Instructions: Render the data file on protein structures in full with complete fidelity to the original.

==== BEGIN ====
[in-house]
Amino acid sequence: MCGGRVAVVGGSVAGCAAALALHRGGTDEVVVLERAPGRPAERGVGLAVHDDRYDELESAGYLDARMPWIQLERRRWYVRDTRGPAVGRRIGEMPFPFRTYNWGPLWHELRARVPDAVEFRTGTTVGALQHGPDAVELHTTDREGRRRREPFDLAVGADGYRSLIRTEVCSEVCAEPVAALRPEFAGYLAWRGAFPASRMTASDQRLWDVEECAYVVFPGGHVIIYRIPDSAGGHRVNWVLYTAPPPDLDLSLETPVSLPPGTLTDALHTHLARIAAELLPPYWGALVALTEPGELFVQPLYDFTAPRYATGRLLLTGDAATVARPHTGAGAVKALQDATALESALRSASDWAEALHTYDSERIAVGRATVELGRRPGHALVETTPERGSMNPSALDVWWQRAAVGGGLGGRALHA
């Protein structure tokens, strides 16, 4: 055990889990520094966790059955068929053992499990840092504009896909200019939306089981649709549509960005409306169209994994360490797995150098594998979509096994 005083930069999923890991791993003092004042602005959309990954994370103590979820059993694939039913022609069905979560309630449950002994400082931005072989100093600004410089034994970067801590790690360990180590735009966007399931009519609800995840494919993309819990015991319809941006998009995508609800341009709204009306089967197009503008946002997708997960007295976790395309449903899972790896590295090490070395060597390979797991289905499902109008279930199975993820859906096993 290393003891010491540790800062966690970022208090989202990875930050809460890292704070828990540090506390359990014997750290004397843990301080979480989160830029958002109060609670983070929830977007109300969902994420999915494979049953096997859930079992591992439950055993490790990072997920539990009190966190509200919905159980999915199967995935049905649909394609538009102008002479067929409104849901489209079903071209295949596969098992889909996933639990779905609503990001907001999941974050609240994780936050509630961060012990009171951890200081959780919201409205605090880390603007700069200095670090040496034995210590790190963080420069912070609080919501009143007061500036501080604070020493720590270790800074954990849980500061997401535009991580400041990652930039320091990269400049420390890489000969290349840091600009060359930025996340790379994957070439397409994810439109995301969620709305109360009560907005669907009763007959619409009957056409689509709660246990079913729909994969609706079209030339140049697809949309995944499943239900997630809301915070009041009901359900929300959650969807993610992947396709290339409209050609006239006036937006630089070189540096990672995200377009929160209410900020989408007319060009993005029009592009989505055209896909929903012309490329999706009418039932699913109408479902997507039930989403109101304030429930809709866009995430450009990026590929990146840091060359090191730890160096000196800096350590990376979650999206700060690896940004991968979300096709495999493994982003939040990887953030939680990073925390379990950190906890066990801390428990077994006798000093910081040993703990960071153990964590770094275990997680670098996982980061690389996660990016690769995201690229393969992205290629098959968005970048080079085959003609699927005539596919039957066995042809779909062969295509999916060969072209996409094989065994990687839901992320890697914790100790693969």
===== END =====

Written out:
[in-house]
Amino acid sequence: MCGGRVAVVGGSVAGCAAALALHRGGTDEVVVLERAPGRPAERGVGLAVHDDRYDELESAGYLDARMPWIQLERRRWYVRDTRGPAVGRRIGEMPFPFRTYNWGPLWHELRARVPDAVEFRTGTTVGALQHGPDAVELHTTDREGRRRREPFDLAVGADGYRSLIRTEVCSEVCAEPVAALRPEFAGYLAWRGAFPASRMTASDQRLWDVEECAYVVFPGGHVIIYRIPDSAGGHRVNWVLYTAPPPDLDLSLETPVSLPPGTLTDALHTHLARIAAELLPPYWGALVALTEPGELFVQPLYDFTAPRYATGRLLLTGDAATVARPHTGAGAVKALQDATALESALRSASDWAEALHTYDSERIAVGRATVELGRRPGHALVETTPERGSMNPSALDVWWQRAAVGGGLGGRALHA
């Protein structure tokens, strides 16, 4: 055990889990520094966790059955068929053992499990840092504009896909200019939306089981649709549509960005409306169209994994360490797995150098594998979509096994 005083930069999923890991791993003092004042602005959309990954994370103590979820059993694939039913022609069905979560309630449950002994400082931005072989100093600004410089034994970067801590790690360990180590735009966007399931009519609800995840494919993309819990015991319809941006998009995508609800341009709204009306089967197009503008946002997708997960007295976790395309449903899972790896590295090490070395060597390979797991289905499902109008279930199975993820859906096993 290393003891010491540790800062966690970022208090989202990875930050809460890292704070828990540090506390359990014997750290004397843990301080979480989160830029958002109060609670983070929830977007109300969902994420999915494979049953096997859930079992591992439950055993490790990072997920539990009190966190509200919905159980999915199967995935049905649909394609538009102008002479067929409104849901489209079903071209295949596969098992889909996933639990779905609503990001907001999941974050609240994780936050509630961060012990009171951890200081959780919201409205605090880390603007700069200095670090040496034995210590790190963080420069912070609080919501009143007061500036501080604070020493720590270790800074954990849980500061997401535009991580400041990652930039320091990269400049420390890489000969290349840091600009060359930025996340790379994957070439397409994810439109995301969620709305109360009560907005669907009763007959619409009957056409689509709660246990079913729909994969609706079209030339140049697809949309995944499943239900997630809301915070009041009901359900929300959650969807993610992947396709290339409209050609006239006036937006630089070189540096990672995200377009929160209410900020989408007319060009993005029009592009989505055209896909929903012309490329999706009418039932699913109408479902997507039930989403109101304030429930809709866009995430450009990026590929990146840091060359090191730890160096000196800096350590990376979650999206700060690896940004991968979300096709495999493994982003939040990887953030939680990073925390379990950190906890066990801390428990077994006798000093910081040993703990960071153990964590770094275990997680670098996982980061690389996660990016690769995201690229393969992205290629098959968005970048080079085959003609699927005539596919039957066995042809779909062969295509999916060969072209996409094989065994990687839901992320890697914790100790693969």